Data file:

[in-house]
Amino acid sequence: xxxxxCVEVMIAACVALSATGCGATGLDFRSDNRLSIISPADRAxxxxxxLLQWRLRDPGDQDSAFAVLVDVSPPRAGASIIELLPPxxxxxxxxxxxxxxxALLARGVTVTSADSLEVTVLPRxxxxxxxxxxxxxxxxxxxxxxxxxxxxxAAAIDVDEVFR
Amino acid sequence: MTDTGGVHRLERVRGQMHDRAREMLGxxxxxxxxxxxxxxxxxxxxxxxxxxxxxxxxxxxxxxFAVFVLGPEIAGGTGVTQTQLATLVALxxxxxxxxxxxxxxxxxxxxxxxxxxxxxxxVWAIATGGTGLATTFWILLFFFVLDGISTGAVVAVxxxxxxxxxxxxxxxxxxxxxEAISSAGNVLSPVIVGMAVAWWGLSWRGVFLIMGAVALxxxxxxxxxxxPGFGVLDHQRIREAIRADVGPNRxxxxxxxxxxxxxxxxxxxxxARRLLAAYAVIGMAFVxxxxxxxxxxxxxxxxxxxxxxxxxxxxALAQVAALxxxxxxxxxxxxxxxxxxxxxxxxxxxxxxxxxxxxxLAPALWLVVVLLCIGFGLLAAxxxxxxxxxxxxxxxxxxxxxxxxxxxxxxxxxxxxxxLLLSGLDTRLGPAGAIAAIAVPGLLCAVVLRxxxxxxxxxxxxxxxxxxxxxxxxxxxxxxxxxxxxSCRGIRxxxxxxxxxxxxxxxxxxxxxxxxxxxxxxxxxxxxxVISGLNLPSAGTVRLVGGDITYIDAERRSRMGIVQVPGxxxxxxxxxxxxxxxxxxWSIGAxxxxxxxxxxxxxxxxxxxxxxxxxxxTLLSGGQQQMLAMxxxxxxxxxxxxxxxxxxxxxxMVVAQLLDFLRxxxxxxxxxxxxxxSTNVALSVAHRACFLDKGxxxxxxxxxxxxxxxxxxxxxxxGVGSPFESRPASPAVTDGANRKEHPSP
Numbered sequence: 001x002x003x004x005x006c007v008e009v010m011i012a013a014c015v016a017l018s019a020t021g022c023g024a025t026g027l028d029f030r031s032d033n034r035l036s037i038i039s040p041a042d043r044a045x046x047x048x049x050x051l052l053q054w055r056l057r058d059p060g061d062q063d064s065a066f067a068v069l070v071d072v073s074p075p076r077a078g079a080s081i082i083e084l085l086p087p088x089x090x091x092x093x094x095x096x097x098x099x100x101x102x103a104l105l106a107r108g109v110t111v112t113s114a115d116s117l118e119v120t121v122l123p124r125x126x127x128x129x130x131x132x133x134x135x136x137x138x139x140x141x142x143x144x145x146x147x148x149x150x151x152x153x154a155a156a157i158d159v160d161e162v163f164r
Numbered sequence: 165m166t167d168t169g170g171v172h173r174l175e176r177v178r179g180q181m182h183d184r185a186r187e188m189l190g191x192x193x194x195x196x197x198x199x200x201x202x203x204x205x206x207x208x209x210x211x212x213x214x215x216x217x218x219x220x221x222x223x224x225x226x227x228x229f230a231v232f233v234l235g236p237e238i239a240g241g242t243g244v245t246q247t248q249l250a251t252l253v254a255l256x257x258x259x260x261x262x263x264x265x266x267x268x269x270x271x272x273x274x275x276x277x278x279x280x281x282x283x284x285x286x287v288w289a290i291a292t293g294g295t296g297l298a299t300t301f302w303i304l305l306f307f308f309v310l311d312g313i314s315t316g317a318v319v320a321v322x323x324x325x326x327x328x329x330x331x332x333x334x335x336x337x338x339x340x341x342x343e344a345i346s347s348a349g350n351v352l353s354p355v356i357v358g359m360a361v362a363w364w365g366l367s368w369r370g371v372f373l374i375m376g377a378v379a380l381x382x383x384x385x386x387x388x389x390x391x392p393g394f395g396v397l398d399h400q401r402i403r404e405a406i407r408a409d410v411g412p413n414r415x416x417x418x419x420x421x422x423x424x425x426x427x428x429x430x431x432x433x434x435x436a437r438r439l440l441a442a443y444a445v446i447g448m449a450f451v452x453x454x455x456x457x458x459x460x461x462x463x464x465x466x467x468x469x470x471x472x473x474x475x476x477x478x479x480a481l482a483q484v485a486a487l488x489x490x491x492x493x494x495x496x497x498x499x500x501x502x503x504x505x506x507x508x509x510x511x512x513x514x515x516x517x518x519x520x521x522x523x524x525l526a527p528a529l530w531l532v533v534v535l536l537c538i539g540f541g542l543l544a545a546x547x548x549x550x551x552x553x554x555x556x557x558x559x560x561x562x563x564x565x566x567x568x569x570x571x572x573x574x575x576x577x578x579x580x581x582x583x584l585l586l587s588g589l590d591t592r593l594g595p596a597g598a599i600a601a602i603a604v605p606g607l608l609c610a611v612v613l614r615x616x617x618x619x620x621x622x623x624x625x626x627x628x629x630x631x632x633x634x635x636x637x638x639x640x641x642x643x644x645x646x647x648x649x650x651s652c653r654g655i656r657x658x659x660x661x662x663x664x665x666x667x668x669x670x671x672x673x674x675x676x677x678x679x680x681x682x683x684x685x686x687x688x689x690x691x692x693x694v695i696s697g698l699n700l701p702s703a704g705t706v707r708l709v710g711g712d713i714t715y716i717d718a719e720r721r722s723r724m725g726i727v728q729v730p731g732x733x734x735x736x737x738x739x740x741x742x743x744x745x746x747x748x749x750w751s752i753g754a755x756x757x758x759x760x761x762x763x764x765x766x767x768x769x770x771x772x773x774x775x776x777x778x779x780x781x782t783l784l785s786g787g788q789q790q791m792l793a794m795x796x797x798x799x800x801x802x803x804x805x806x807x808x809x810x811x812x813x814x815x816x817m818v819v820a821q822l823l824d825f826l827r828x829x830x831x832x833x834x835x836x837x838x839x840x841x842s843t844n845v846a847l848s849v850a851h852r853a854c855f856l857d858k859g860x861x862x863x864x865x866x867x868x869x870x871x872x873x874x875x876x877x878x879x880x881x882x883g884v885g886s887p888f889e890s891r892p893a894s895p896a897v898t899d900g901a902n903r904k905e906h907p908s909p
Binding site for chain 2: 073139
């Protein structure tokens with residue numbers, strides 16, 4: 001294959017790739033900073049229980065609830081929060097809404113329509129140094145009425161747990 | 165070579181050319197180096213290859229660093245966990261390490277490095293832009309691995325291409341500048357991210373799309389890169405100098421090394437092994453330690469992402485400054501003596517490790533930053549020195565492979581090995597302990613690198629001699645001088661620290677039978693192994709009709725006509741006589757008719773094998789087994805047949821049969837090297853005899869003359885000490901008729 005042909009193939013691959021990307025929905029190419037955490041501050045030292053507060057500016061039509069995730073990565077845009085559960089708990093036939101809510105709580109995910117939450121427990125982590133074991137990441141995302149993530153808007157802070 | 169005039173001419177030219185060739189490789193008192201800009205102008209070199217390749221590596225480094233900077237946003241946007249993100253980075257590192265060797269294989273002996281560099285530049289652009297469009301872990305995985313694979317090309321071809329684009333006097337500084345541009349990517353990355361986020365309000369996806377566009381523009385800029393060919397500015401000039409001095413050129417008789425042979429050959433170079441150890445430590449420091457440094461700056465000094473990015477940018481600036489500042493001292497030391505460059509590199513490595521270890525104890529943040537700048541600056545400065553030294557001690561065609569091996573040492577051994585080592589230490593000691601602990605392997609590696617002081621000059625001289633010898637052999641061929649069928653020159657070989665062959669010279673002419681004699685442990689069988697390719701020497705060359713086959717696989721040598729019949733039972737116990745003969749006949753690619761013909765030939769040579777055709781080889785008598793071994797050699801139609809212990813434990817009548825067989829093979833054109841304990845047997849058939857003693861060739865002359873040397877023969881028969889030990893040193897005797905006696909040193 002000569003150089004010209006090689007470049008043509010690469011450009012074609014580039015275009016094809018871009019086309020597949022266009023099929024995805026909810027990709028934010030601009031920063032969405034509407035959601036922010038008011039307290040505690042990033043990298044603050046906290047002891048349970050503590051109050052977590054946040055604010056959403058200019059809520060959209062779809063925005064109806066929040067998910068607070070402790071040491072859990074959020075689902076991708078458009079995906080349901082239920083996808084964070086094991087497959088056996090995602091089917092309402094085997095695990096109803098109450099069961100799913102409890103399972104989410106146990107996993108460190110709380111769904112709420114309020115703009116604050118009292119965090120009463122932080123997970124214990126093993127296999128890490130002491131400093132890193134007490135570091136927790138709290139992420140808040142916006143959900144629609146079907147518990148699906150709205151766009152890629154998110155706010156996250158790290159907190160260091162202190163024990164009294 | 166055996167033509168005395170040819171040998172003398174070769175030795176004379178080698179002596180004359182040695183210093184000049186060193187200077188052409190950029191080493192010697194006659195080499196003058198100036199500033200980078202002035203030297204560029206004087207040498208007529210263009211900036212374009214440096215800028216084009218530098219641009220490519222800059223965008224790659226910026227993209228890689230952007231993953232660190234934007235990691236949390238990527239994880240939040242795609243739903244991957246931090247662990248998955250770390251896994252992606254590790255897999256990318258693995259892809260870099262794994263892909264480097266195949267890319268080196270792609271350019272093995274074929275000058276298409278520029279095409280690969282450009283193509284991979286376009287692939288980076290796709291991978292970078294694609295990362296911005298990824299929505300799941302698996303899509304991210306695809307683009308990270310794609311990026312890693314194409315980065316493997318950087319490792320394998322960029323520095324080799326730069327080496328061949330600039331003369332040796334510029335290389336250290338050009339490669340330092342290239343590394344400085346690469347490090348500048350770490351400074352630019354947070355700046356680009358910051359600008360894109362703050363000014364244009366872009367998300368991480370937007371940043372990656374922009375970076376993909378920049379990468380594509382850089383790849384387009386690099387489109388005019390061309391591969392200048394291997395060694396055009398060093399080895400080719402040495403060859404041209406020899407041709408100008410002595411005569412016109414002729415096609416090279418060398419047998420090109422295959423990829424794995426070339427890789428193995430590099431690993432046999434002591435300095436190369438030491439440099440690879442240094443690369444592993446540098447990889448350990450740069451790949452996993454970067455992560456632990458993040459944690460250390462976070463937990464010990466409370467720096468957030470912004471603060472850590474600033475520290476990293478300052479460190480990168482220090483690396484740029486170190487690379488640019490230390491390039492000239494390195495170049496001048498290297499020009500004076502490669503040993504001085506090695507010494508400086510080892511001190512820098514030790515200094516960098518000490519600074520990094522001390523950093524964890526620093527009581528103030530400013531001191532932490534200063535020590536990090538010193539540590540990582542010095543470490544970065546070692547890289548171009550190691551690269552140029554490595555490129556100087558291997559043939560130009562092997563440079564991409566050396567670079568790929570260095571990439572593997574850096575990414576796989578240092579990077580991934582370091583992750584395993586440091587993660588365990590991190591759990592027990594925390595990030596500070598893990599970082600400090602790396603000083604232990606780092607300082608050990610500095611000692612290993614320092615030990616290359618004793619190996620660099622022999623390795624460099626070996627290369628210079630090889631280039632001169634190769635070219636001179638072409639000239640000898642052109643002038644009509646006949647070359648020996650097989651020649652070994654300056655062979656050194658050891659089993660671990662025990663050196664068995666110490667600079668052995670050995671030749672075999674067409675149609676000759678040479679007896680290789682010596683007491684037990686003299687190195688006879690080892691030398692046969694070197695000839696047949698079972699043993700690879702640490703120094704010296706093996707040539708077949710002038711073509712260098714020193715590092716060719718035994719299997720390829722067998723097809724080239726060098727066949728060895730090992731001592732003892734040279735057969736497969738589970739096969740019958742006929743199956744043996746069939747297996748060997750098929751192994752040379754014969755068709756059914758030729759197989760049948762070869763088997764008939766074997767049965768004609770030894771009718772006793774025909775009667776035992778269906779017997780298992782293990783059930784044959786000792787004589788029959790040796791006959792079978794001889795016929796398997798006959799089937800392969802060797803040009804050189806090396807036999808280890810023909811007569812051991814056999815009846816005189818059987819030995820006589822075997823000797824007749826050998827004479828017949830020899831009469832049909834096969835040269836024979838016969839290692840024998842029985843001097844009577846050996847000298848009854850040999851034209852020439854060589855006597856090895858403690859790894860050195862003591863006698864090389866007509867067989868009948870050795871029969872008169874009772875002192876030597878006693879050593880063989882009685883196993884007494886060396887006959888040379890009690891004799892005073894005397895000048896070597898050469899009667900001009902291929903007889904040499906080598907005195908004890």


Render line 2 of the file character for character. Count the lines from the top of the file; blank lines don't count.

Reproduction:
Amino acid sequence: xxxxxCVEVMIAACVALSATGCGATGLDFRSDNRLSIISPADRAxxxxxxLLQWRLRDPGDQDSAFAVLVDVSPPRAGASIIELLPPxxxxxxxxxxxxxxxALLARGVTVTSADSLEVTVLPRxxxxxxxxxxxxxxxxxxxxxxxxxxxxxAAAIDVDEVFR